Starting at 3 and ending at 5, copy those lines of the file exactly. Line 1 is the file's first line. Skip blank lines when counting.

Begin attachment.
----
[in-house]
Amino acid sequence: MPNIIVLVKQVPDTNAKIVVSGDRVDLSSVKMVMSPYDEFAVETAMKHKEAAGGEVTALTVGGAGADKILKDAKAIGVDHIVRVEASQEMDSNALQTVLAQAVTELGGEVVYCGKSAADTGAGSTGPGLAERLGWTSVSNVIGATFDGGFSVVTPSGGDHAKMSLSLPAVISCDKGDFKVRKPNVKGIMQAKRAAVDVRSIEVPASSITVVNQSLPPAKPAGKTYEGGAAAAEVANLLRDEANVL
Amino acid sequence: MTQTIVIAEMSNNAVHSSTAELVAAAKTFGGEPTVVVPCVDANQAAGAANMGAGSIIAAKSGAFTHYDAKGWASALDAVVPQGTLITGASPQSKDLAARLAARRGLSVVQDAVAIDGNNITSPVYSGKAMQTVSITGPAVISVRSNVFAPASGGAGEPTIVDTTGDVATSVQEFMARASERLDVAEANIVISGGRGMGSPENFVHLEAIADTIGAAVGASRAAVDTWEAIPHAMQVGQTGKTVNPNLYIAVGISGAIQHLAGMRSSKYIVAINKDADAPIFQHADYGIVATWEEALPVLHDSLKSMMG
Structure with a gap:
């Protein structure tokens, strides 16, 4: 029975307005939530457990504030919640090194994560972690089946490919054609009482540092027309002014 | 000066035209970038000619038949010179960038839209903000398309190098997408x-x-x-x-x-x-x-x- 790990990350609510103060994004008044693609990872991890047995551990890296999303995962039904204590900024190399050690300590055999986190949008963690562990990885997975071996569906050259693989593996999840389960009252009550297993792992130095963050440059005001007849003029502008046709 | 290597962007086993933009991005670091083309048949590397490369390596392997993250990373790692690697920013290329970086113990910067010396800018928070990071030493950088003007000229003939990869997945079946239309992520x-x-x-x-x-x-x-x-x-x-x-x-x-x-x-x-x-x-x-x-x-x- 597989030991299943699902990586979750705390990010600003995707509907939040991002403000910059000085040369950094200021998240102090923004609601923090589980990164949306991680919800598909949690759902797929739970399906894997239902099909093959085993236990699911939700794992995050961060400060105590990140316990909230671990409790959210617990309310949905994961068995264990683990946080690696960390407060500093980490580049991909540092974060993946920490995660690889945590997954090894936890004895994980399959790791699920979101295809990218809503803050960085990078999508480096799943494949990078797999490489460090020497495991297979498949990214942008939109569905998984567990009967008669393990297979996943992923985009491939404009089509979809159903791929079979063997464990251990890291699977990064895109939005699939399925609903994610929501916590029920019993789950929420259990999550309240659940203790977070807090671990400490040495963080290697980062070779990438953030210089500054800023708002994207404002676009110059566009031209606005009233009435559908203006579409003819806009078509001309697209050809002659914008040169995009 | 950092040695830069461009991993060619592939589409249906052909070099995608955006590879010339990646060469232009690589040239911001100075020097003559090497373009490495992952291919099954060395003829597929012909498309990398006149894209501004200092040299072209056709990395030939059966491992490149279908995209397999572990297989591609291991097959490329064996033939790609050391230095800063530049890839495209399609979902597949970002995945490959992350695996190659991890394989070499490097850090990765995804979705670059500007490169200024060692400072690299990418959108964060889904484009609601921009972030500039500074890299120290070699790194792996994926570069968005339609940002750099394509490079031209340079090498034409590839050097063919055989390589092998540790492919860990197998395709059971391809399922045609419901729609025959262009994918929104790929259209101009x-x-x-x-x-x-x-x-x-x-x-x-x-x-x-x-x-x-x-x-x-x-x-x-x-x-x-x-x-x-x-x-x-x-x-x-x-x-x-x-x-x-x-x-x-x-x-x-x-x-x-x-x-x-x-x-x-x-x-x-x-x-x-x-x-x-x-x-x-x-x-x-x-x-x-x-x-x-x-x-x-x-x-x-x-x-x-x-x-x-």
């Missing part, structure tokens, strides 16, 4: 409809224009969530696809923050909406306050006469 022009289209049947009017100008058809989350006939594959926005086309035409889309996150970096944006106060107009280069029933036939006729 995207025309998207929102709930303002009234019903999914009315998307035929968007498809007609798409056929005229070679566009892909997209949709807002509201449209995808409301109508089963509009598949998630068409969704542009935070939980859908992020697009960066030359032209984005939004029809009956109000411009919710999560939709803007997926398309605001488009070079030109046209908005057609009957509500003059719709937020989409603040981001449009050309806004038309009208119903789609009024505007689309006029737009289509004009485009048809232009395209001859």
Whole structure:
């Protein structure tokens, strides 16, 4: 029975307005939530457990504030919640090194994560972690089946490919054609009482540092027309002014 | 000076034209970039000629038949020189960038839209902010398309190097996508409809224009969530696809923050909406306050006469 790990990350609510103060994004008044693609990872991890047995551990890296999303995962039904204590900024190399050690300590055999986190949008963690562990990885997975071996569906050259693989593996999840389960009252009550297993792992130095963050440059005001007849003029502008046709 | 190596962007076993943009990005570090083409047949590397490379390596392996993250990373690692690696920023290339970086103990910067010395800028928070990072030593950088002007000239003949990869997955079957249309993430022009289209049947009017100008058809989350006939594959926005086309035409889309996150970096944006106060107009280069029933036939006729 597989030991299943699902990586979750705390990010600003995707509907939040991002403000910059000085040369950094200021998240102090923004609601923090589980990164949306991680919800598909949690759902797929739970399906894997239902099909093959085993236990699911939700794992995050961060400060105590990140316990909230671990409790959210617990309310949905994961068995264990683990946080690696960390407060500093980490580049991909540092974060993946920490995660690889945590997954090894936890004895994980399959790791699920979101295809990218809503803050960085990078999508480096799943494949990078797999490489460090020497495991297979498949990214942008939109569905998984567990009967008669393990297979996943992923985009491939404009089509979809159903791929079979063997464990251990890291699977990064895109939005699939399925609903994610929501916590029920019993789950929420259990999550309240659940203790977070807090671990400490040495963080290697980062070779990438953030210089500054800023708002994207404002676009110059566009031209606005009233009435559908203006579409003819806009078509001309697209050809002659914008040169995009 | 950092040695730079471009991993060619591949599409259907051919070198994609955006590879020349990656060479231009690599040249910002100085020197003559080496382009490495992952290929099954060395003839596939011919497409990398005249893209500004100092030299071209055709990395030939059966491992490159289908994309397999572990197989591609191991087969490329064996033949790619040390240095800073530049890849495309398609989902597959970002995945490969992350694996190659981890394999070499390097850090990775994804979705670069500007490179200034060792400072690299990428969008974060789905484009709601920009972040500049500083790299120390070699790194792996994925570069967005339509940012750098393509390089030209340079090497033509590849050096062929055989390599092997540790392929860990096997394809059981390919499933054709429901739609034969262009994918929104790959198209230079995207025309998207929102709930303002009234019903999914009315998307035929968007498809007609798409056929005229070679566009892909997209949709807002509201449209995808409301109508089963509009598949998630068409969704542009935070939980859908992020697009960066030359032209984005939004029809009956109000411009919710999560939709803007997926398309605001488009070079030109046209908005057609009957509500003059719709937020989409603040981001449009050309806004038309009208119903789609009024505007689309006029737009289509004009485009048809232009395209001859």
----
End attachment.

Amino acid sequence: MTQTIVIAEMSNNAVHSSTAELVAAAKTFGGEPTVVVPCVDANQAAGAANMGAGSIIAAKSGAFTHYDAKGWASALDAVVPQGTLITGASPQSKDLAARLAARRGLSVVQDAVAIDGNNITSPVYSGKAMQTVSITGPAVISVRSNVFAPASGGAGEPTIVDTTGDVATSVQEFMARASERLDVAEANIVISGGRGMGSPENFVHLEAIADTIGAAVGASRAAVDTWEAIPHAMQVGQTGKTVNPNLYIAVGISGAIQHLAGMRSSKYIVAINKDADAPIFQHADYGIVATWEEALPVLHDSLKSMMG
Structure with a gap:
């Protein structure tokens, strides 16, 4: 029975307005939530457990504030919640090194994560972690089946490919054609009482540092027309002014 | 000066035209970038000619038949010179960038839209903000398309190098997408x-x-x-x-x-x-x-x- 790990990350609510103060994004008044693609990872991890047995551990890296999303995962039904204590900024190399050690300590055999986190949008963690562990990885997975071996569906050259693989593996999840389960009252009550297993792992130095963050440059005001007849003029502008046709 | 290597962007086993933009991005670091083309048949590397490369390596392997993250990373790692690697920013290329970086113990910067010396800018928070990071030493950088003007000229003939990869997945079946239309992520x-x-x-x-x-x-x-x-x-x-x-x-x-x-x-x-x-x-x-x-x-x- 597989030991299943699902990586979750705390990010600003995707509907939040991002403000910059000085040369950094200021998240102090923004609601923090589980990164949306991680919800598909949690759902797929739970399906894997239902099909093959085993236990699911939700794992995050961060400060105590990140316990909230671990409790959210617990309310949905994961068995264990683990946080690696960390407060500093980490580049991909540092974060993946920490995660690889945590997954090894936890004895994980399959790791699920979101295809990218809503803050960085990078999508480096799943494949990078797999490489460090020497495991297979498949990214942008939109569905998984567990009967008669393990297979996943992923985009491939404009089509979809159903791929079979063997464990251990890291699977990064895109939005699939399925609903994610929501916590029920019993789950929420259990999550309240659940203790977070807090671990400490040495963080290697980062070779990438953030210089500054800023708002994207404002676009110059566009031209606005009233009435559908203006579409003819806009078509001309697209050809002659914008040169995009 | 950092040695830069461009991993060619592939589409249906052909070099995608955006590879010339990646060469232009690589040239911001100075020097003559090497373009490495992952291919099954060395003829597929012909498309990398006149894209501004200092040299072209056709990395030939059966491992490149279908995209397999572990297989591609291991097959490329064996033939790609050391230095800063530049890839495209399609979902597949970002995945490959992350695996190659991890394989070499490097850090990765995804979705670059500007490169200024060692400072690299990418959108964060889904484009609601921009972030500039500074890299120290070699790194792996994926570069968005339609940002750099394509490079031209340079090498034409590839050097063919055989390589092998540790492919860990197998395709059971391809399922045609419901729609025959262009994918929104790929259209101009x-x-x-x-x-x-x-x-x-x-x-x-x-x-x-x-x-x-x-x-x-x-x-x-x-x-x-x-x-x-x-x-x-x-x-x-x-x-x-x-x-x-x-x-x-x-x-x-x-x-x-x-x-x-x-x-x-x-x-x-x-x-x-x-x-x-x-x-x-x-x-x-x-x-x-x-x-x-x-x-x-x-x-x-x-x-x-x-x-x-």